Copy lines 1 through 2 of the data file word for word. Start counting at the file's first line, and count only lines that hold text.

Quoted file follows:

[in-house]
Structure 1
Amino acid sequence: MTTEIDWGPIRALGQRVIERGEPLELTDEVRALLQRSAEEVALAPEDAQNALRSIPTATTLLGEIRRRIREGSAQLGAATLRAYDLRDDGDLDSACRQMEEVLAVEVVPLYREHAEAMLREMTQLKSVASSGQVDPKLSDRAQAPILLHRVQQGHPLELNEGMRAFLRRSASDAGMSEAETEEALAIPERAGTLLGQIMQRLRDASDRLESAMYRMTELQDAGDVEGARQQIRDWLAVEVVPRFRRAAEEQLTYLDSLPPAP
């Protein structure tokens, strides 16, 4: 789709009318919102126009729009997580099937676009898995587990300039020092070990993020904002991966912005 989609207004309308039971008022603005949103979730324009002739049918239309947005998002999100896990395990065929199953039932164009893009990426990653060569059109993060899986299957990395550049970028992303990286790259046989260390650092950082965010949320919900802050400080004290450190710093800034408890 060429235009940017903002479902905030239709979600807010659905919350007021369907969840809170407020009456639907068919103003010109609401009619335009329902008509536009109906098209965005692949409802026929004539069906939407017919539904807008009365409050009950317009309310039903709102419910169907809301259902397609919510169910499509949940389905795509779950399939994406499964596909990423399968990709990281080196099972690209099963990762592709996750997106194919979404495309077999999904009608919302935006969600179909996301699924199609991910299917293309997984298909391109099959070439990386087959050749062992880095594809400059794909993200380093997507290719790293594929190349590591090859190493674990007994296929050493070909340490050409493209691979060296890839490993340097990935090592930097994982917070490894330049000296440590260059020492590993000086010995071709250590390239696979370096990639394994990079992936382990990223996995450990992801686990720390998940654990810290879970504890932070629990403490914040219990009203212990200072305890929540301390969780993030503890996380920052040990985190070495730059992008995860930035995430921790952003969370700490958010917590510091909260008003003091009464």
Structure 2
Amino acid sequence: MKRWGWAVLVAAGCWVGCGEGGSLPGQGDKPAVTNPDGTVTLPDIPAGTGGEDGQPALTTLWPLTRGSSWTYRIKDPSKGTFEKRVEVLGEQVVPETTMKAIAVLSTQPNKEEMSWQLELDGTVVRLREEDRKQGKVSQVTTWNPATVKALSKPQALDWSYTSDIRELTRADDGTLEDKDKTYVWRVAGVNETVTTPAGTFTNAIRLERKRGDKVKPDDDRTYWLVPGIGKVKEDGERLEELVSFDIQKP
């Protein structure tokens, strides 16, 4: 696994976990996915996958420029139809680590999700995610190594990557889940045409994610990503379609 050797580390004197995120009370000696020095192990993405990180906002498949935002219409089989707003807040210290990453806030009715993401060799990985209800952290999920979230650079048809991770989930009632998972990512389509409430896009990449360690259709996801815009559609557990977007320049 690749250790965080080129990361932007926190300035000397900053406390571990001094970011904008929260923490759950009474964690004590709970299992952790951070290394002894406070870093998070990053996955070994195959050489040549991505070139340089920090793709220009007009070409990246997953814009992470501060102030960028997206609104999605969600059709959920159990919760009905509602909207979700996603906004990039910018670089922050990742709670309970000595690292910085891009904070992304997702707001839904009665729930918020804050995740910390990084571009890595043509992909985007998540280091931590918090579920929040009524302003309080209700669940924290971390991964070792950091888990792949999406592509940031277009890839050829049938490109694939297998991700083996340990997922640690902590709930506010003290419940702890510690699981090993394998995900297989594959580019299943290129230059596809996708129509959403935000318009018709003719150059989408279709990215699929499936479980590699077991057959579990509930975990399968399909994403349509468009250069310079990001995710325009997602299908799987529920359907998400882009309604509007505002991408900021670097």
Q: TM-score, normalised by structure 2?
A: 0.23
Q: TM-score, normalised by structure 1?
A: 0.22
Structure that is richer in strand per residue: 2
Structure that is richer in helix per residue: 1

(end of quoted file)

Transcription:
[in-house]
Structure 1